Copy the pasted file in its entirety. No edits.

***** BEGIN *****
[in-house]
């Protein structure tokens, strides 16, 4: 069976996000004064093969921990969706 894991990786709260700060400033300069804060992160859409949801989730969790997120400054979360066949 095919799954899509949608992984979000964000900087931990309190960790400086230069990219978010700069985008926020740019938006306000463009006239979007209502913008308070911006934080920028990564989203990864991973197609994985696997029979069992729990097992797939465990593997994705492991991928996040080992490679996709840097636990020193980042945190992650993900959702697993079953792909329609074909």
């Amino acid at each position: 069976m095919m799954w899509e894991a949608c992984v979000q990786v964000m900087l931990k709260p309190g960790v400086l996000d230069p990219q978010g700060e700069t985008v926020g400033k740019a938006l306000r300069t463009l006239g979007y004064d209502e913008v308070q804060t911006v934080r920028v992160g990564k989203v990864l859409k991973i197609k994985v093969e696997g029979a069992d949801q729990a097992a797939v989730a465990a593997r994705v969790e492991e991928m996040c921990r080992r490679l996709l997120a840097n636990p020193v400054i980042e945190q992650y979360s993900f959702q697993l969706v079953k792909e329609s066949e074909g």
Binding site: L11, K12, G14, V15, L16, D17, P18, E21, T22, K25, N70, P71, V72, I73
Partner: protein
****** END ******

[in-house]
């Protein structure tokens, strides 16, 4: 069976996000004064093969921990969706 894991990786709260700060400033300069804060992160859409949801989730969790997120400054979360066949 095919799954899509949608992984979000964000900087931990309190960790400086230069990219978010700069985008926020740019938006306000463009006239979007209502913008308070911006934080920028990564989203990864991973197609994985696997029979069992729990097992797939465990593997994705492991991928996040080992490679996709840097636990020193980042945190992650993900959702697993079953792909329609074909």
């Amino acid at each position: 069976m095919m799954w899509e894991a949608c992984v979000q990786v964000m900087l931990k709260p309190g960790v400086l996000d230069p990219q978010g700060e700069t985008v926020g400033k740019a938006l306000r300069t463009l006239g979007y004064d209502e913008v308070q804060t911006v934080r920028v992160g990564k989203v990864l859409k991973i197609k994985v093969e696997g029979a069992d949801q729990a097992a797939v989730a465990a593997r994705v969790e492991e991928m996040c921990r080992r490679l996709l997120a840097n636990p020193v400054i980042e945190q992650y979360s993900f959702q697993l969706v079953k792909e329609s066949e074909g």
Binding site: L11, K12, G14, V15, L16, D17, P18, E21, T22, K25, N70, P71, V72, I73
Partner: protein